[07:14] But Dr. June, with her trained eye, noticed something on the mammogram that warranted a second look. It turned out to be a very early-stage tumor. The woman was grateful, of course, but Dr. June, she said it was a reminder of why she does what she does. For every diagnosis she gives, there's a life that gets a fighting chance. We've touched on self-exams, but there's another essential tool in our breast health toolkit.
[07:52] It's mammograms.
[07:53] The US.
[07:54] Preventative Services Task Force recommends women aged 50 to 74 get mammograms every one to two years. Now, talk to your doctor about your personal risk factors.
[08:07] If you have family history or other.
[08:09] Concerns, then your doctor may recommend annual screenings. Mine are actually annual, you probably already know. But I'm not going to assume the process of a mammogram involves compressing. More like smashing the breast between two plates.
[08:28] For x ray imaging.
[08:30] They generally do several views. It's uncomfortable but is crucial for early detection. I, like many women, have dense breast. Now, dense breast affects about 50% of women in their forty s, forty percent of women in their fifty s and twenty five percent of women over 60. Dense tissue appears to be white on.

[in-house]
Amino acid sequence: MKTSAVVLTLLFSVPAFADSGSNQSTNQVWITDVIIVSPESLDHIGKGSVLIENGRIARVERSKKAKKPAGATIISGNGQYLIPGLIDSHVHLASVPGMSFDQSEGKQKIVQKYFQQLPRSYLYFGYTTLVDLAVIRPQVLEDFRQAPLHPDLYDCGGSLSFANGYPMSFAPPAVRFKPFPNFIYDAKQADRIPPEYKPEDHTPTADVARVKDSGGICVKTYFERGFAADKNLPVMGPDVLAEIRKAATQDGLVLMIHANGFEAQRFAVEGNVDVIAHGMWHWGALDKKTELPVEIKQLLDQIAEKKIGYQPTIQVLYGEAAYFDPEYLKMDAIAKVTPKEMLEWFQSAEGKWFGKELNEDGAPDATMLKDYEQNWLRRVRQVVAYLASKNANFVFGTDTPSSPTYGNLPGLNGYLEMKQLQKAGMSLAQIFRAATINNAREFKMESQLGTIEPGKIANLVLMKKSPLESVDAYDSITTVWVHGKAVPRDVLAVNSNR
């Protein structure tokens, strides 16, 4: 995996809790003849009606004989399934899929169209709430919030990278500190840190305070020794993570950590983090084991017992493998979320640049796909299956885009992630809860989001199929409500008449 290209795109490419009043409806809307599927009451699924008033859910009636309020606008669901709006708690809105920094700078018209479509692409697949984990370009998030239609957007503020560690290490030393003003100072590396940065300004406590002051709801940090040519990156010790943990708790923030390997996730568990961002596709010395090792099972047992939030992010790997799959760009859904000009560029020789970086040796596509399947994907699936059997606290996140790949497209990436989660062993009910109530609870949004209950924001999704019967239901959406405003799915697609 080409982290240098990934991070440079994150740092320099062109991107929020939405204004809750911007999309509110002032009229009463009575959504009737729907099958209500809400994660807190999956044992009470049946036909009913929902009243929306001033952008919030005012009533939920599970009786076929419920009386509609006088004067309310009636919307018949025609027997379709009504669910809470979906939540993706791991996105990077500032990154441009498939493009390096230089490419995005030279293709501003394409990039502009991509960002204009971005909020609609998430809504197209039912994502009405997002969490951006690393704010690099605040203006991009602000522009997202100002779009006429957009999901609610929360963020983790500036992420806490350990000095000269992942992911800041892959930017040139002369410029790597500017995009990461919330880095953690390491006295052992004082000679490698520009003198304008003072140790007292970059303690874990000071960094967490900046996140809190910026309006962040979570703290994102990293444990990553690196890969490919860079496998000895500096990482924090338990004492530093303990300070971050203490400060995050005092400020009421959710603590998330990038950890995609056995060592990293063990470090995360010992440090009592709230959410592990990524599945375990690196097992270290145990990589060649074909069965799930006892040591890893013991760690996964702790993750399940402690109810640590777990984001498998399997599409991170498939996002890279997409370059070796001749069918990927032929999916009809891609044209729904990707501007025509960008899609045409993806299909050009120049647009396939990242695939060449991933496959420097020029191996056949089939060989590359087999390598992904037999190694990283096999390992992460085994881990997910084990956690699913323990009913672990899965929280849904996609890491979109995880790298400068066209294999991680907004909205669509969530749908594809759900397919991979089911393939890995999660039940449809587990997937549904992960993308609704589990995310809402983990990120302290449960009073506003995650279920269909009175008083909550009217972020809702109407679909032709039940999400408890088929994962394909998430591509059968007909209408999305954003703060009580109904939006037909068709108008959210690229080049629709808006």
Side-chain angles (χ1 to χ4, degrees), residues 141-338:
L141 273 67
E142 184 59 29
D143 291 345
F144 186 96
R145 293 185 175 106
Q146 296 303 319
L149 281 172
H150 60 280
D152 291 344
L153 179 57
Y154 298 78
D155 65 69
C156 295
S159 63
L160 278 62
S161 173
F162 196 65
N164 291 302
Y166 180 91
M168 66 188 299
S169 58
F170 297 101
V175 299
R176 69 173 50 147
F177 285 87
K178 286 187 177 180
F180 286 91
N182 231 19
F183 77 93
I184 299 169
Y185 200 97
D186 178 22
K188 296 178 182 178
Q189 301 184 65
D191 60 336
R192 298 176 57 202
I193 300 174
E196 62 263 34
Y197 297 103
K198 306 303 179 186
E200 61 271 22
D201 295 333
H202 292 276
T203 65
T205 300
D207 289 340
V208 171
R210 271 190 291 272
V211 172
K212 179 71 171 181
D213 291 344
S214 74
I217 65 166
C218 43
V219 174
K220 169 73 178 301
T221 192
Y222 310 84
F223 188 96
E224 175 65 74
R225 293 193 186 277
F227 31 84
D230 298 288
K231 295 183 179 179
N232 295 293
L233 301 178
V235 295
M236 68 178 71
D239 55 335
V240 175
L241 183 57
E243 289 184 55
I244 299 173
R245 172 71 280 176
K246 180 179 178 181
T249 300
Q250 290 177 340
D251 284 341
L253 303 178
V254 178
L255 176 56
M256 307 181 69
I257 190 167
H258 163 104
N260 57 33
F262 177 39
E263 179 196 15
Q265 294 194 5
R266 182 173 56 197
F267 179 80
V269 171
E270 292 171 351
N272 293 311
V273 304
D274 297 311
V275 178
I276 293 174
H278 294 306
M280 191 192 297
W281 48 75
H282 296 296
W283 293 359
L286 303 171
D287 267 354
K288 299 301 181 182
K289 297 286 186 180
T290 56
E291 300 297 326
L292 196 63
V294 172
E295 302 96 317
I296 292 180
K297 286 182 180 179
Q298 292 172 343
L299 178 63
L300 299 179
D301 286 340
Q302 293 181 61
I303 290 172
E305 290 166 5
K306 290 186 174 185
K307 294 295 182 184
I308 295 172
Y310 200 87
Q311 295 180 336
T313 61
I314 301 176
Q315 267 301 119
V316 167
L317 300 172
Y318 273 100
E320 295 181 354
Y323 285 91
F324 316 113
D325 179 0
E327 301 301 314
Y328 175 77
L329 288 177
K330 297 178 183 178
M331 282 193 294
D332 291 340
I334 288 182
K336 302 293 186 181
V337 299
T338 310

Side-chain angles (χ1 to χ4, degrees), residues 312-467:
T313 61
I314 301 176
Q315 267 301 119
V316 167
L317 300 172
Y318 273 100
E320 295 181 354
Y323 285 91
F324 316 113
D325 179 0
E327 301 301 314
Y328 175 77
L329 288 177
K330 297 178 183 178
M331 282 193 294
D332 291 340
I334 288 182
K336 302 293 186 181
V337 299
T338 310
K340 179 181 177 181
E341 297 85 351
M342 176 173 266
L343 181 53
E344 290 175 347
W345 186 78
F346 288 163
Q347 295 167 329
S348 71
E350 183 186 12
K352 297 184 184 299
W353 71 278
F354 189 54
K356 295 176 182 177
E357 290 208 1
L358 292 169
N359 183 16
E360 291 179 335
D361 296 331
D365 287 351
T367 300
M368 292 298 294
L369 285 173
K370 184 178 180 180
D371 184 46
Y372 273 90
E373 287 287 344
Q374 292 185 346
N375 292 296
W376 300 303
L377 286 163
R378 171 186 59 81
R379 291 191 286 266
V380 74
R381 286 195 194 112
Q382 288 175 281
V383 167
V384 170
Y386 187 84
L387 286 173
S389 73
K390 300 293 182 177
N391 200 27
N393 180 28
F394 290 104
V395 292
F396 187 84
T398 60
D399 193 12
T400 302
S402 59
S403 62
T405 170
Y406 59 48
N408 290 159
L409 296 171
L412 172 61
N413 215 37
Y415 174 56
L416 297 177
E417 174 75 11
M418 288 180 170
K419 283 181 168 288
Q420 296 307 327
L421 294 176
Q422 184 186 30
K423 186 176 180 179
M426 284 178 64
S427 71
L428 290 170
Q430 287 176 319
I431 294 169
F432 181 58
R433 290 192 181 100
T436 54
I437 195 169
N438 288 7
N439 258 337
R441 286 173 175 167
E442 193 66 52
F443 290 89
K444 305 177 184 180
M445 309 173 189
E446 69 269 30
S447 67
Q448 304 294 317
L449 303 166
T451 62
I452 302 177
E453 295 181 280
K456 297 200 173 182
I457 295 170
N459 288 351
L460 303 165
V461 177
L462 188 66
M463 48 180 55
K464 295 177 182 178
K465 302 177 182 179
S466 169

[08:56] A mammogram, as does cancer.
[08:59] And in some cases, mammograms miss tumors. In others, they mistake the dense breast tissue for a tumor, resulting in extra test and worry. I've been called back for additional images.
[09:12] Several times because of my dense breast. And yes, it's nerve wracking.
[09:17] Now, several states, Texas being one of them, have mandated that women be provided information on their breast density so that.
[09:25] They know this limitation of mammography.
[09:29] With advancements like 3D mammography, we're now getting clearer, more detailed images. Trust me, I know mammograms aren't fun. But early detection is worth the momentary discomfort.
[09:42] We have to put our health first.
[09:52] It can't happen to me Mindset there are so many stories out there. I was in the mammography center talking, as I so often do, to a.
[10:03] Woman that was in the waiting area.
[10:06] She said she thought that she was the epitome of health breast cancer.
[10:11] It can't happen to me, she thought.